"I think feminism, for me, is you can work with freedom and live to make the right choices. Clothes are a small part in this fight for freedom to-be, we need to weigh what is really important. I want to be heard and not be put off because of my gender. There are injustices at various levels," Chatterjee added very passionately.
It's easier to fight a battle when you have not done anything wrong. If you are a professional and strong-willed regarding what you stand for, you are bound to be heard.
"In my professional life, I was always aware of shutting up loose comments, I put up a no-nonsense attitude so that people do not get or give you the wrong signals. Ours is a tough world, you have to be mentally strong to survive in it. Because you are constantly judged; too thin, too dark, too short, bad hair, not good posture — you have to accept these judgements. It is indeed a difficult line to cross and maintain sanity.
"Everyone has a story and my story initially affected me a lot. I had to fight society's prejudice about my skin tone and hair and later, it actually gave me the strength to rise from that situation and I am glad it happened. My training and grooming helped me rise above my turmoil. I made a place and a name for myself in big shows, I made a place for myself by being myself. I cannot look like others so I am my best version," explains an inspiring Chatterjee.
She tries to incorporate this value into her daughter as well, who is also a model. Chatterjee maintains a friendly relation with her daughter and tries to give her a stable home and a secured life because home is where she can truly express herself and face her fears and work on them.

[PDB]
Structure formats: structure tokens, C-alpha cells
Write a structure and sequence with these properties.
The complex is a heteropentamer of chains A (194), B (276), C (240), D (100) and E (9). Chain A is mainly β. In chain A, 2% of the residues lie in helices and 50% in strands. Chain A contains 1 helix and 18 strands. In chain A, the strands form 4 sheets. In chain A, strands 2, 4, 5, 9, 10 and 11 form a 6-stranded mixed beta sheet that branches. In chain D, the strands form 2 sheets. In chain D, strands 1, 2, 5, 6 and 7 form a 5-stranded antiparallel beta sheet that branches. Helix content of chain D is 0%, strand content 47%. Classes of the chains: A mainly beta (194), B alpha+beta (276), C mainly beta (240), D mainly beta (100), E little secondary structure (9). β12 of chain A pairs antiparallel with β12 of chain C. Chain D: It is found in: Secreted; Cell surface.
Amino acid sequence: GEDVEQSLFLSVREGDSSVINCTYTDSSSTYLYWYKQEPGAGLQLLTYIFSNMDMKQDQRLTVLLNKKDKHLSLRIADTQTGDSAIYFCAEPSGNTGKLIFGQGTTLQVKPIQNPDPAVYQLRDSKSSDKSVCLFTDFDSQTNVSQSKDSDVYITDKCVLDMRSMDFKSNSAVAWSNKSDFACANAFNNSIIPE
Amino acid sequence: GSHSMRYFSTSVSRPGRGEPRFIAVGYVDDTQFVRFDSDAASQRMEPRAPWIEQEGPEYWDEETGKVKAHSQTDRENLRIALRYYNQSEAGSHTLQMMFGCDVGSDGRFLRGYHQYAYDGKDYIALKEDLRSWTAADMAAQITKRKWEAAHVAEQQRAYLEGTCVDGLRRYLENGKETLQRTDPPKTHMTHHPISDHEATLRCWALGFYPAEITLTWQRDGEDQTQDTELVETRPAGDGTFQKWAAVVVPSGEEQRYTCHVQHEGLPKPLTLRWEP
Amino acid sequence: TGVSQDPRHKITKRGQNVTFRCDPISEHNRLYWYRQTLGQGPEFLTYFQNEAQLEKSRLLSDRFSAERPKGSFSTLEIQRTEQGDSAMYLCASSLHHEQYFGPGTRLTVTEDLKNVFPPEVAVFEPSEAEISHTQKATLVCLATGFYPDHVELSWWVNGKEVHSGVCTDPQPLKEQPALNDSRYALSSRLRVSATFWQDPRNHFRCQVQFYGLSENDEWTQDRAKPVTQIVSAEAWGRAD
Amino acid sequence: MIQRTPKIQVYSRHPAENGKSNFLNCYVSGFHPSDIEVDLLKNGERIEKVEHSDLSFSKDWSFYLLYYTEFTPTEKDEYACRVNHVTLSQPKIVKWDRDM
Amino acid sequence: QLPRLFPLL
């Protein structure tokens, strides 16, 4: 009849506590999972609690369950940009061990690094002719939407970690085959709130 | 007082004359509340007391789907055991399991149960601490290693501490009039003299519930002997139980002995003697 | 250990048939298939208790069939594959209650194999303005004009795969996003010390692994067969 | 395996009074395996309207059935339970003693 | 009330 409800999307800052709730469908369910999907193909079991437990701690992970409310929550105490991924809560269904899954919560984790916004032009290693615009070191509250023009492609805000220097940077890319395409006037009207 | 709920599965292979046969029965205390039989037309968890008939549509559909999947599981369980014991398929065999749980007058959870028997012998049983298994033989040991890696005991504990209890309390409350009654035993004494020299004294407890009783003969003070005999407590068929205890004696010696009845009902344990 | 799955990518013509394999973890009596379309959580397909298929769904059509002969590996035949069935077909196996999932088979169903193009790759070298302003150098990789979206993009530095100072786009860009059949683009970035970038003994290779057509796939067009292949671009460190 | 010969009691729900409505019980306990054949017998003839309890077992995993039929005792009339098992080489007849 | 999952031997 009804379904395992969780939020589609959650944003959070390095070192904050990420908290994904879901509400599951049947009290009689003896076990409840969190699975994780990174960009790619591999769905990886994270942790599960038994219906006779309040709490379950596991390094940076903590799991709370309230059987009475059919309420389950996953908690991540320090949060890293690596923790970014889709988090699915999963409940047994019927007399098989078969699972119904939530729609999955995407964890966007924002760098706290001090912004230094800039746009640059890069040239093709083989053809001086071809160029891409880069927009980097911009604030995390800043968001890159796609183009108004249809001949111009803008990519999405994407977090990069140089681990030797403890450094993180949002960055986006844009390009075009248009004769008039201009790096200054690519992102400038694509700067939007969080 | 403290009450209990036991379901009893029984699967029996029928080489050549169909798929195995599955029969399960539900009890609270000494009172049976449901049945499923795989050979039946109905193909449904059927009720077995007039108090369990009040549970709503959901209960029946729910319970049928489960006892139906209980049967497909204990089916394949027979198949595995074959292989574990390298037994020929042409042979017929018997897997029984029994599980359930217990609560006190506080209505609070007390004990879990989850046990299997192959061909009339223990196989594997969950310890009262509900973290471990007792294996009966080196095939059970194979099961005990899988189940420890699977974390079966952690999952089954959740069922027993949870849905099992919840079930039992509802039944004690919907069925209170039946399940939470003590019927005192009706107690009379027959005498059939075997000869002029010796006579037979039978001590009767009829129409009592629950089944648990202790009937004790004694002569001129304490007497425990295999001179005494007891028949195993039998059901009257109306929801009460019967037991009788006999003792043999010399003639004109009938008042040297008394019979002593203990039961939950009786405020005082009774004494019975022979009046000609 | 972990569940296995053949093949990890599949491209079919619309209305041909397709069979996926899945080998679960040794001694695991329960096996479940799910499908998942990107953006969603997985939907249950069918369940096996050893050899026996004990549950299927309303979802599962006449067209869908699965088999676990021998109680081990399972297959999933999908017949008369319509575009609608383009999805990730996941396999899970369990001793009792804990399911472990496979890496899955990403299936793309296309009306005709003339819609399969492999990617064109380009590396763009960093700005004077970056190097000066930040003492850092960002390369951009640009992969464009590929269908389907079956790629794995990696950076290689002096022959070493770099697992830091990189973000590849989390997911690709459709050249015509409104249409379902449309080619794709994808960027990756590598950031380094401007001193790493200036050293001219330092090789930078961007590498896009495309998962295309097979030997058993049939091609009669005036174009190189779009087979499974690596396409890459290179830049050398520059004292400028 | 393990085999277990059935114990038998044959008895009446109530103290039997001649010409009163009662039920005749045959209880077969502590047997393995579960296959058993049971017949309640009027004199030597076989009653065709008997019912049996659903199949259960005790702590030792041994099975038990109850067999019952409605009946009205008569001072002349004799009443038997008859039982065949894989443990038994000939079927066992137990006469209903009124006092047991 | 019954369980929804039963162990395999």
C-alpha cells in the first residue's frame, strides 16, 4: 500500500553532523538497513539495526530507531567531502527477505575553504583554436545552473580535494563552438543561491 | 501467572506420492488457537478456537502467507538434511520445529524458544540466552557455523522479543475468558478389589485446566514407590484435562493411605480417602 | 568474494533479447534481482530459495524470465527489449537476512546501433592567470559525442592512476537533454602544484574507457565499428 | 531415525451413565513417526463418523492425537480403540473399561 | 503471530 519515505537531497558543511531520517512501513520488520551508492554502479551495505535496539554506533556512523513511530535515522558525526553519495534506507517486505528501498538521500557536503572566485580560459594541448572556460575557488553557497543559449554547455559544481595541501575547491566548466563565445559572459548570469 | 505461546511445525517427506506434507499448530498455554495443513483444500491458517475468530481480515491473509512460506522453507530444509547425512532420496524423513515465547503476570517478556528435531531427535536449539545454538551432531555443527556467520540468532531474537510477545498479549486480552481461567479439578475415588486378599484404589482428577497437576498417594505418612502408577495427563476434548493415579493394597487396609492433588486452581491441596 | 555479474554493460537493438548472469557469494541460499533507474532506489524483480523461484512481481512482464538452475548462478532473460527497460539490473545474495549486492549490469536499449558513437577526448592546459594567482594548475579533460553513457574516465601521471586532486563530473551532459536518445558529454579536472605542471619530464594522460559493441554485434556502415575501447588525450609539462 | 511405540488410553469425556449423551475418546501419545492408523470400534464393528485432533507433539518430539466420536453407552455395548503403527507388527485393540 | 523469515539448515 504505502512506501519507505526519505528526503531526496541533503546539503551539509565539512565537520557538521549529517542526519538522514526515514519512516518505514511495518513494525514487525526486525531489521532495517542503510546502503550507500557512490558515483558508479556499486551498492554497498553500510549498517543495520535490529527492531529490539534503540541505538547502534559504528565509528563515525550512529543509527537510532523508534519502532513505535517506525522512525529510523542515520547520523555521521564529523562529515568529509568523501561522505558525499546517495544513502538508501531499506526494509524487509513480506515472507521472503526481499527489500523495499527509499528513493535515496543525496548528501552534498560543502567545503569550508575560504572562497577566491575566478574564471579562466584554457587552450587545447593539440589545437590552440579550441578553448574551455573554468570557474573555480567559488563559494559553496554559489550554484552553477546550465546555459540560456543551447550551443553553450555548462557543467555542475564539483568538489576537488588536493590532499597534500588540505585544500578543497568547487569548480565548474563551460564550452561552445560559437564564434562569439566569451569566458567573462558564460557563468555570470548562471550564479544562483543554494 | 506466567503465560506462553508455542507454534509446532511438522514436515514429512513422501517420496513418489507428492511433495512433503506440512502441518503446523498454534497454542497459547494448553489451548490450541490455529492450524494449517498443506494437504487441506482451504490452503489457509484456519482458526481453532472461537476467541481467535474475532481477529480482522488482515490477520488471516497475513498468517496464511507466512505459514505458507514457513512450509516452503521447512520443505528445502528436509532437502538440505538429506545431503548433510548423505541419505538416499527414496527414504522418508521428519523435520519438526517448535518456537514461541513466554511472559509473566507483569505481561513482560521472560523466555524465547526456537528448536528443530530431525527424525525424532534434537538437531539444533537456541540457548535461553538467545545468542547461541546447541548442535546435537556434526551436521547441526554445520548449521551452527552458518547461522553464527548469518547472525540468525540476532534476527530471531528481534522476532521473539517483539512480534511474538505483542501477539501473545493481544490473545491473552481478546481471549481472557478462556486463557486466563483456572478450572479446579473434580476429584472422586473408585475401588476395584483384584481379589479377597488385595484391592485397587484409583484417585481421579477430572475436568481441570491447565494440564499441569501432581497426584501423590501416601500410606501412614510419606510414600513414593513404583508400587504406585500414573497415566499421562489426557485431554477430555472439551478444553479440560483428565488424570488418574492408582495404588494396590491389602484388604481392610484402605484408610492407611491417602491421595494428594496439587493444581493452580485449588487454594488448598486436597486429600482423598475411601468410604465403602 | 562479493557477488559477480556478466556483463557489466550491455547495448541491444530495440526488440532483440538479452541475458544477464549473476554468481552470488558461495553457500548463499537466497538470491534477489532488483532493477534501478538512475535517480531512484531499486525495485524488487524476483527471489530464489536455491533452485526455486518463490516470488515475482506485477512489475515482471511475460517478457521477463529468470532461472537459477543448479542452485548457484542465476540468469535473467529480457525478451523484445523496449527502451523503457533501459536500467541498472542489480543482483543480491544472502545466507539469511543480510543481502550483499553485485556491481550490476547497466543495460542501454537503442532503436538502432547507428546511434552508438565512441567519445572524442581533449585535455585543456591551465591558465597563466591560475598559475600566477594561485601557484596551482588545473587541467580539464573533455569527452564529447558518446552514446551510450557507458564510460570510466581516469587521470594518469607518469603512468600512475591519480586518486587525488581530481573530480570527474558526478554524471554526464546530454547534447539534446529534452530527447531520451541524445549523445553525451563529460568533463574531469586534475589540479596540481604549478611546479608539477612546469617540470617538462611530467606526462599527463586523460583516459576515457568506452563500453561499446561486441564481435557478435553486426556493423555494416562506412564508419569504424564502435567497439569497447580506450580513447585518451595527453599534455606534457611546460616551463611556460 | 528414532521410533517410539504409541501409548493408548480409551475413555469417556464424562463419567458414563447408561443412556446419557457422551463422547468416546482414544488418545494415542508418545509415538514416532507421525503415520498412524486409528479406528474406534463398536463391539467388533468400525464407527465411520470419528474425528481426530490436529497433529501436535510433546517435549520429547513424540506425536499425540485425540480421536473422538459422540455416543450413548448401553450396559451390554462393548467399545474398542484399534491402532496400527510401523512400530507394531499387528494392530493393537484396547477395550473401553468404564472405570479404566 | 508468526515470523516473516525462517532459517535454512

"We are the post-independence generation, when we were all evolving along with the society, we have not seen or gotten things easily on a platter like our children do today. We understood poverty, understood the reality of dying of starvation, we had to share a bedroom with our siblings. Internet was not there.
"But now, you have to work towards being close to our families, children do not know the family value system. It was different for us and this generation is spoilt for choices, which has made things terrible. I have seen this with every generation of models I worked with. I have seen how the values, morale, ethics change with every generation," said Nayanika Chatterjee.
"My tips to my students are to maintain discipline both on and off the show, I don't enjoy modelling so much now, for which I teach. For me, my work was a good experience I would like to cherish. My daughter and me, we have been on the ramps together and separately for couple of times and I more tensed for her," she says laughingly.
It is doubly exciting to hear a supermodel talk about women's issue and societal values; it only makes us believe that women under the limelight and on the screen are as real as the one walking down the street. We fight the same war.
Nayanika Chatterjee was in town to choreograph a fashion show for House of Ahmed along with our own supermodel Bibi Russell.
Photo: Shahrear Kabir Heemel
Model: Nayanika Chatterjee